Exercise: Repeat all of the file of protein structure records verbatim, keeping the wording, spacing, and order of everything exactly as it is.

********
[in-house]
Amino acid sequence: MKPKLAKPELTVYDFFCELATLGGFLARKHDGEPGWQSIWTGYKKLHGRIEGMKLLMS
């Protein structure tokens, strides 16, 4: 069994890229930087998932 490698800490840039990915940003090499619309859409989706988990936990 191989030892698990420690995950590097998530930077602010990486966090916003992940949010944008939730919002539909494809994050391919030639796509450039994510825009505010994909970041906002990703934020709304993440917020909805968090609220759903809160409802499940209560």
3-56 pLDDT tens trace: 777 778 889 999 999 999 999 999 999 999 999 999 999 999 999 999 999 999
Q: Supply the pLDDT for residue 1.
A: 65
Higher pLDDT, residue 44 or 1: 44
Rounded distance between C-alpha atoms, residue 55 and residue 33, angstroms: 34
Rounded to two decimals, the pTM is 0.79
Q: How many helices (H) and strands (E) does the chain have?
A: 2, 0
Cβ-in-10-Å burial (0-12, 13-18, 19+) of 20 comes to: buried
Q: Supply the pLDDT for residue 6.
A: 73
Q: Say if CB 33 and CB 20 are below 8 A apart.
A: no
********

[in-house]
Amino acid sequence: MKPKLAKPELTVYDFFCELATLGGFLARKHDGEPGWQSIWTGYKKLHGRIEGMKLLMS
């Protein structure tokens, strides 16, 4: 069994890229930087998932 490698800490840039990915940003090499619309859409989706988990936990 191989030892698990420690995950590097998530930077602010990486966090916003992940949010944008939730919002539909494809994050391919030639796509450039994510825009505010994909970041906002990703934020709304993440917020909805968090609220759903809160409802499940209560």
3-56 pLDDT tens trace: 777 778 889 999 999 999 999 999 999 999 999 999 999 999 999 999 999 999
Q: Supply the pLDDT for residue 1.
A: 65
Higher pLDDT, residue 44 or 1: 44
Rounded distance between C-alpha atoms, residue 55 and residue 33, angstroms: 34
Rounded to two decimals, the pTM is 0.79
Q: How many helices (H) and strands (E) does the chain have?
A: 2, 0
Cβ-in-10-Å burial (0-12, 13-18, 19+) of 20 comes to: buried
Q: Supply the pLDDT for residue 6.
A: 73
Q: Say if CB 33 and CB 20 are below 8 A apart.
A: no